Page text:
On 1 November, 2005, Makybe Diva won the hearts of a nation. She smashed all previous records and will forever be known as an Australian sporting legend, along with Ian Thorpe, Cathy Freeman and Phar Lap. Makybe Diva's big win was at the Melbourne Cup, Australia's annual horseracing event. She beat her competitors by a body length and entered the history books as the first horse to ever win three Melbourne Cup events.
The Melbourne Cup
On the first Tuesday of November at around 3pm local time, all of Australia pauses to watch one of the country's greatest sporting events, the Melbourne Cup race - 'the race that stops a nation'. The Melbourne Cup race is the peak of the four-day Spring Racing Carnival, which is held at Flemington Raceway in Melbourne, and has been every year since 1861.
In 2005, the total prize money offered at the Carnival was 5.1 million Australian dollars (approximately £2 million). Over 200 million Australian dollars (approximately £79 million) worth of worldwide bets were placed on the races over the four-day event - including a million-dollar bet on Makybe Diva herself.
The climax of the festival is the aptly named Melbourne Cup Day1, when the 3,200m Emirates Melbourne Cup race is run. The race attracts 130,000 spectators, and entire schools and workplaces have been known to stop and wait for the result of the race.
In 1895 American author Mark Twain said
Nowhere in the world have I encountered a festival of people that has such a magnificent appeal to the whole nation. The Cup astonishes me.
In 2005, Australia watched as the seven-year-old mare Makybe Diva won the Melbourne Cup for the third time in a row, an achievement that has never before occurred in the history of the race. Makybe Diva was also one of the oldest horses to win the Cup. Only two other seven-year-old mares have won the race in its entire history - Archer in 1861 and Acrasia in 1904. Makybe Diva is also the first horse since Carbine in 1890 to win both the Sydney Cup and Melbourne Cup in the same year.
Makybe Diva was conceived in Ireland and born in Britain, and brought back to Australia after failing to attract any bids in England. Her new owner, Tony Santic, a South Australian tuna fisherman, asked five of his employees to help name her. They came up with her name by combining the first two letters of each of their first names - Maureen, Kylie, Belinda, Dianne and Vanessa.
Makybe Diva won her first Melbourne Cup in 2003, beating She's Archie (second) and Jardine's Lookout (third), and won national acclaim in the 2004 Melbourne Cup by beating Irish horse Vinnie Roe (second) and the long-shot Zazzman (third). Despite being the punters' favourite for the 2005 Melbourne Cup, many Australians doubted that she would win again. Flemington Racecourse was wet in 2003 and 2004, and the horse performed better on softer racecourses. The course would have been dry in 2005 if the organisers hadn't made a controversial decision to water the course at the last minute. Despite the nation's doubt, Makybe Diva performed a great race, beating the Australian horse On a Jeune and the New Zealand horse Xcellent.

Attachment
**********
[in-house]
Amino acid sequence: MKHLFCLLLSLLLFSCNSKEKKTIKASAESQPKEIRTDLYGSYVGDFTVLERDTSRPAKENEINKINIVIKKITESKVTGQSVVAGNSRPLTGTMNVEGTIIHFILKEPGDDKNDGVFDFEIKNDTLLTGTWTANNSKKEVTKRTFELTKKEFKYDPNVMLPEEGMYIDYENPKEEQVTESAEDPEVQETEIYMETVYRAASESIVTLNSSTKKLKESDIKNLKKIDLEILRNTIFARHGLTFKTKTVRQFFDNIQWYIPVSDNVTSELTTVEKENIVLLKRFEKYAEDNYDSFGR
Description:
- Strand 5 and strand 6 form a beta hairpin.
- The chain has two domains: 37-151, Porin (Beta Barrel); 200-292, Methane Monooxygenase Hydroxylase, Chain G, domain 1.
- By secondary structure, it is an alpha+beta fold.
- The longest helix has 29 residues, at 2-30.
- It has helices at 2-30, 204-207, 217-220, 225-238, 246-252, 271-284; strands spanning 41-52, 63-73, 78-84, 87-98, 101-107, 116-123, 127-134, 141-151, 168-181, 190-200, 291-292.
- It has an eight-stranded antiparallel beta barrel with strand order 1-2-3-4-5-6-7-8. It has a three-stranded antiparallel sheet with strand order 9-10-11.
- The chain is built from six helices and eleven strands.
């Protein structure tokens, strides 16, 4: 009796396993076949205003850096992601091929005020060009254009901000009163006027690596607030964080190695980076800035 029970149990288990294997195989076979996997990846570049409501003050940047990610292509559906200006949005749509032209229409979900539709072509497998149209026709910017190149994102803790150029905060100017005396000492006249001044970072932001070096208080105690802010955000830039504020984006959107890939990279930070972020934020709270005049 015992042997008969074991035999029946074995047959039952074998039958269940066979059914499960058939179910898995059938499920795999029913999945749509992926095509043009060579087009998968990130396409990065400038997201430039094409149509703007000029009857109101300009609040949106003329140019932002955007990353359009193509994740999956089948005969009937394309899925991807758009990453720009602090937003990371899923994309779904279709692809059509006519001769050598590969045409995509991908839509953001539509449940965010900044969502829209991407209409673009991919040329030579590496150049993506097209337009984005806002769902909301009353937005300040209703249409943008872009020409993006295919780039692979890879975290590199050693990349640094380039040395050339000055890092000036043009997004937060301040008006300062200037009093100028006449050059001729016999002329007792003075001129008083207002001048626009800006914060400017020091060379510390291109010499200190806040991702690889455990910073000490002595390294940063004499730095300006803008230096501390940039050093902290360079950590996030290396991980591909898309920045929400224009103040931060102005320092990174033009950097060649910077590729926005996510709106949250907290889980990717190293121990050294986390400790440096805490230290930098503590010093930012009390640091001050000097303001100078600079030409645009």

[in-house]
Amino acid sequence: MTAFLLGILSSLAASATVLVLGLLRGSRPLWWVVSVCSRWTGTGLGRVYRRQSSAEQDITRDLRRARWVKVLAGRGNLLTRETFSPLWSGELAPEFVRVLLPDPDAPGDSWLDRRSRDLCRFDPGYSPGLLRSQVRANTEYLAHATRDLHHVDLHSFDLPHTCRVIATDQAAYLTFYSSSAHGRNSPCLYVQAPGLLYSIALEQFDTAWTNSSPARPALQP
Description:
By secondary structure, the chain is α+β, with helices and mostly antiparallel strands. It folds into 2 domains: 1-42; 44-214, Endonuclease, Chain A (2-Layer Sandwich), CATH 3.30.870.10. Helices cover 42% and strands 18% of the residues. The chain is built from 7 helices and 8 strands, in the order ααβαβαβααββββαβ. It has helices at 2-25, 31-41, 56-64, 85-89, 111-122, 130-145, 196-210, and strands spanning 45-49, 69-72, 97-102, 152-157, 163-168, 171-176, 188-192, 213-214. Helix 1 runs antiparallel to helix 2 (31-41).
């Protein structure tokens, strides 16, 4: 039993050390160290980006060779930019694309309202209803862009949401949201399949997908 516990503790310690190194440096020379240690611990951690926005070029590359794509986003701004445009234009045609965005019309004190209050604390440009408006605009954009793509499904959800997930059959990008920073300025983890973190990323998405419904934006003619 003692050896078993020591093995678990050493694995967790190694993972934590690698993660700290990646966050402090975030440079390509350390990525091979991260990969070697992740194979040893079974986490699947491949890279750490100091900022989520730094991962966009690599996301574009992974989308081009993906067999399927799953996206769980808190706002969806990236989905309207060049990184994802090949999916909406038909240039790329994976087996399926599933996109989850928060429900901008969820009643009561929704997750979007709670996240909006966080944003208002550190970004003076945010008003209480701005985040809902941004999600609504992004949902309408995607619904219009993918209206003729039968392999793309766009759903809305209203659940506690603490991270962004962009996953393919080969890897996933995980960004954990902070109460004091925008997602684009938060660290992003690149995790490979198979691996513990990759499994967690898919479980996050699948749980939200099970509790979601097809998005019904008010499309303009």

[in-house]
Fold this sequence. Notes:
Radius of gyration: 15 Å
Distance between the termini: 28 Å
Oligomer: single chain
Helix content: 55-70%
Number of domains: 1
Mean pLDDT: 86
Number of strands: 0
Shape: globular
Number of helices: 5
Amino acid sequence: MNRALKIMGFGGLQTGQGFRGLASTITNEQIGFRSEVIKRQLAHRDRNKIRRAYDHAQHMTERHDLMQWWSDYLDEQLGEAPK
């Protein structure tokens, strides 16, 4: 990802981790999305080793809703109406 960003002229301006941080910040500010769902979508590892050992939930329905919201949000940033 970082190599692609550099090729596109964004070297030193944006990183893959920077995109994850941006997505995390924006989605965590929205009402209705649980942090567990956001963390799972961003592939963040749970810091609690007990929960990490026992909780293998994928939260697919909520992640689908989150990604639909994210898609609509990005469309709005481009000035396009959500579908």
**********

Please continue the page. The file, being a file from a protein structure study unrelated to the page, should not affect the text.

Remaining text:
Also in 2005, Makybe Diva won the Australian Cup at the Flemington racecourse and the BMW at the Rosehill racecourse in Sydney, and the Cox Plate at the Moonee Valley racecourse in Melbourne just ten days before the Melbourne Cup.
Makybe Diva and her jockey Glen Boss first entered the public eye in 2003, after winning their first Melbourne Cup. Boss was seen as the iconic Aussie battler; one of six children who grew up in a farm near the small Queensland town of Caboolture. He left school at the age of 15, two days after seeing his first race with his grandfather. He had largely taught himself to ride at his family's farm, and he perfected his skill under the tutelage of Gympie trainer Terry Chinner. When Boss competed in the Melbourne Cup in 2003, he had recently recovered from a racing fall, which could have left him permanently paralysed. He had spent three months in rehabilitation before winning the Cup and becoming Australia's most well-known jockey.
Makybe Diva's owner announced her retirement after her Cup win on 1 November, 20052. She will forever be remembered in the Australian consciousness as the greatest racehorse since Phar Lap, and many Australians will remember the 2005 Melbourne Cup day as the day Makybe Diva made history with her record-breaking run3.